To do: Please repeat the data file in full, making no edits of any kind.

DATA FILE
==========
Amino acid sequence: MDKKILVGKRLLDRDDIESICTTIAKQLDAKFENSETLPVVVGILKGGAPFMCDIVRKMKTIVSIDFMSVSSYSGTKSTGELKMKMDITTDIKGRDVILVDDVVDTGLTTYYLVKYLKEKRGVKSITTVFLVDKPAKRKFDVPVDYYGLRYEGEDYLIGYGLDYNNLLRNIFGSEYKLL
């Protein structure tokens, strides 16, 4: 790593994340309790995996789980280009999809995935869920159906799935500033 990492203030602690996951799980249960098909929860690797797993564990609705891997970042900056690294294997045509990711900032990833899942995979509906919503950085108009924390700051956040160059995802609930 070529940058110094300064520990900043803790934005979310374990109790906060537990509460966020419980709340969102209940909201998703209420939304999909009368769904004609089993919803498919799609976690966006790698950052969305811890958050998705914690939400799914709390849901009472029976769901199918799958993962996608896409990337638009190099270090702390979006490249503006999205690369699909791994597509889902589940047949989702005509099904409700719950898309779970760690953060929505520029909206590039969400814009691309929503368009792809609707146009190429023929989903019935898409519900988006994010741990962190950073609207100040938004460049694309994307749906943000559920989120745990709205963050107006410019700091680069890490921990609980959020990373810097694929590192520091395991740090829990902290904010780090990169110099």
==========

Amino acid sequence: MDKKILVGKRLLDRDDIESICTTIAKQLDAKFENSETLPVVVGILKGGAPFMCDIVRKMKTIVSIDFMSVSSYSGTKSTGELKMKMDITTDIKGRDVILVDDVVDTGLTTYYLVKYLKEKRGVKSITTVFLVDKPAKRKFDVPVDYYGLRYEGEDYLIGYGLDYNNLLRNIFGSEYKLL
């Protein structure tokens, strides 16, 4: 790593994340309790995996789980280009999809995935869920159906799935500033 990492203030602690996951799980249960098909929860690797797993564990609705891997970042900056690294294997045509990711900032990833899942995979509906919503950085108009924390700051956040160059995802609930 070529940058110094300064520990900043803790934005979310374990109790906060537990509460966020419980709340969102209940909201998703209420939304999909009368769904004609089993919803498919799609976690966006790698950052969305811890958050998705914690939400799914709390849901009472029976769901199918799958993962996608896409990337638009190099270090702390979006490249503006999205690369699909791994597509889902589940047949989702005509099904409700719950898309779970760690953060929505520029909206590039969400814009691309929503368009792809609707146009190429023929989903019935898409519900988006994010741990962190950073609207100040938004460049694309994307749906943000559920989120745990709205963050107006410019700091680069890490921990609980959020990373810097694929590192520091395991740090829990902290904010780090990169110099």